William Franklin "Tex" Ash

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Group Captain Campbell, Hamilton Officer, in Attendance

Somewhere in England, Sept. 6, 1941 - (CP Cable) - Prime Minister Mackenzie King, visiting the first all-Canadian fighter station in Great Britain, told airmen today that "there is nobody in the world more in the hearts of all of us than you."

Enjoying Visit
Obviously enjoying his visit to the great station, the Prime Minister chatted with young flyers standing beside their Spitfires, Hurricanes and Beaufighters.
Scores of the Royal Canadian Air Force men snapped pictures of Mr. King as he stood on the wing of an aeroplane and later sat in the cockpit of a Hurricane wearing a helmet and talking to the station control room over radio telephone.
"Nothing could inspire me more than meeting you airmen," he said in the longest informal speech he has made since coming to Britain. The speech was made to a Spitfire squadron.
"I suppose there is nobody in the world more in the hearts of all of us than you. I can't begin to tell you how proud we are of our air force.
"The people of Canada follow with pride and thankfulness your gallant exploits. Your bravery and courage are known to them."

Pleasing Plan
Mr. King recalled that he had paid tribute to the R.C.A.F. flyers in his speech this week at the Lord Mayor's luncheon in London and said that no words he had ever uttered gave him more pleasure.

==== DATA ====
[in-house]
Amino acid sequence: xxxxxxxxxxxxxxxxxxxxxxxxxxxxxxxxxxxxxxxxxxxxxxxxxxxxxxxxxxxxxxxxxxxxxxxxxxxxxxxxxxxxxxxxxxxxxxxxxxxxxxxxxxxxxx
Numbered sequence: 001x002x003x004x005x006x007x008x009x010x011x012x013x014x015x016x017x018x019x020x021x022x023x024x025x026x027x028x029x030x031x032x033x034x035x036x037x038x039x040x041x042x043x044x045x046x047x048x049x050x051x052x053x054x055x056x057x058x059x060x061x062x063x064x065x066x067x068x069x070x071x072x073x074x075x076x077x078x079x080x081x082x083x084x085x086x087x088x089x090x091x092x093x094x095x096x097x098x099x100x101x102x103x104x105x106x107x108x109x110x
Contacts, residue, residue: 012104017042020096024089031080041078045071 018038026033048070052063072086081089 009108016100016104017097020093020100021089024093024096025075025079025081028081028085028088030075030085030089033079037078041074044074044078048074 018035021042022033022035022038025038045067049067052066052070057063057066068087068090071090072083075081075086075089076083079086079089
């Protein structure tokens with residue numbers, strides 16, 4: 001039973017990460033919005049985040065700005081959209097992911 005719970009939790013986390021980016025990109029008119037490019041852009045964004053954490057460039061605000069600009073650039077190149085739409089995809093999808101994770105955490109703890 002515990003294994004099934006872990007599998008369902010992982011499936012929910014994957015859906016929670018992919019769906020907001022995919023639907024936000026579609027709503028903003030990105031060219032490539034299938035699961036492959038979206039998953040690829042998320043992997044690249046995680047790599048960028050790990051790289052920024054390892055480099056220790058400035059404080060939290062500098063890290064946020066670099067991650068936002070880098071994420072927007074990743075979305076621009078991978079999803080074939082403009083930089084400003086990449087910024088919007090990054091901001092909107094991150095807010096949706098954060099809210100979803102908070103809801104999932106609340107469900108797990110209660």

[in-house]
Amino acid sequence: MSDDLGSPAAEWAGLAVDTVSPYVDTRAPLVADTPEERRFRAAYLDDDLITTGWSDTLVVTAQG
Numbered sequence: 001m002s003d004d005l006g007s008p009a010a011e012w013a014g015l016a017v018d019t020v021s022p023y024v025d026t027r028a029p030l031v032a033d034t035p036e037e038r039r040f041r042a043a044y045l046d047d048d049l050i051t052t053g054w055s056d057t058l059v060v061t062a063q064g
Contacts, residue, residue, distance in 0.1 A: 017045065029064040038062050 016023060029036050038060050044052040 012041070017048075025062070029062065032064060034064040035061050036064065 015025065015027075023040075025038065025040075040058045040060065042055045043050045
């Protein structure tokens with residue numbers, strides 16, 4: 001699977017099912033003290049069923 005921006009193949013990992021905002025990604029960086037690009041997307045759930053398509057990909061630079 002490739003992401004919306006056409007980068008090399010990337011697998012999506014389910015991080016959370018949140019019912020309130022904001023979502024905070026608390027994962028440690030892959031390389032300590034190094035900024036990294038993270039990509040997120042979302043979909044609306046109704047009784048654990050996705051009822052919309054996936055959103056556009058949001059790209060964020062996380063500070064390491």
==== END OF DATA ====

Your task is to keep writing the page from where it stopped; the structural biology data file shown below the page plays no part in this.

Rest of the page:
He added that "no act of the government ever pleased my colleagues and myself more than the working out of this plan with British representatives," referring to the initial conversations with Lord Riverdale and a British mission which led to the Commonwealth air training plan.
"From my heart I trust the all-seeing and living Providence will watch over you." Mr. King concluded: "God bless you all, boys."
Wearing a grey suit, a black Homburg and carrying a cane, Mr. King was in a jovial mood as he talked with the airmen. He climbed up on the wing of one of the new model Spitfires to shake hands with P/O Win Ash, of Dallas, Tex.
As photographers took pictures, the Prime Minister quipped: "Don't start this plane while I'm here. These press men would like nothing better than to have me taken up 60 feet and dropped."

Canadian Prime Minister Mackenzie King shakes hands with American RCAF pilot Tex Ash during a visit to 411 Sqn. - 6 September 1941
Mackenzie King shakes hands with American RCAF pilot Tex Ash during a visit to 411 Squadron

Meet "The Boys"
"I wonder if I may shake hands with these men?" he said when he greeted F/L Kit Bushell, of Qu'Appelle, Sask., in charge of a group of Spitfire pilots who were lined up in front of their dispersal hut. Those he met included Pilot Officers Boyd Gartshore of Toronto; Ken Boomer of Ottawa; R. W. McNair of Prince Albert, Sask. and Sgt.-Pilots Dick Ellis, of Montreal; Bill Hagyard of Perth, Ont. and Aubrey Ferguson of Glace Bay, N.S.
Two of their mates — Ash and P/O Donald Blakeslee of Cleveland, Ohio — staged a practical scramble into their planes and Mr. King's hat was blown off by the slipstream caused by the propellers.
A squadron, led by Squadron Leader Paul Pitcher of Montreal, told Mr. King there was a scarcity of magazines and newspapers from home.
The Prime Minister was cheered as he headed towards Beaufighter squadrons, where he was greeted by F/L Bruce Hanbury of Vancouver. While Mr. King was inspecting the airmen, L.A.C. Stuart Lee, of Almonte, Ont., photographed him. Later Mr. King took pictures of the lads with Lee's camera and visited the squadron's operations room.

With Hamilton Officer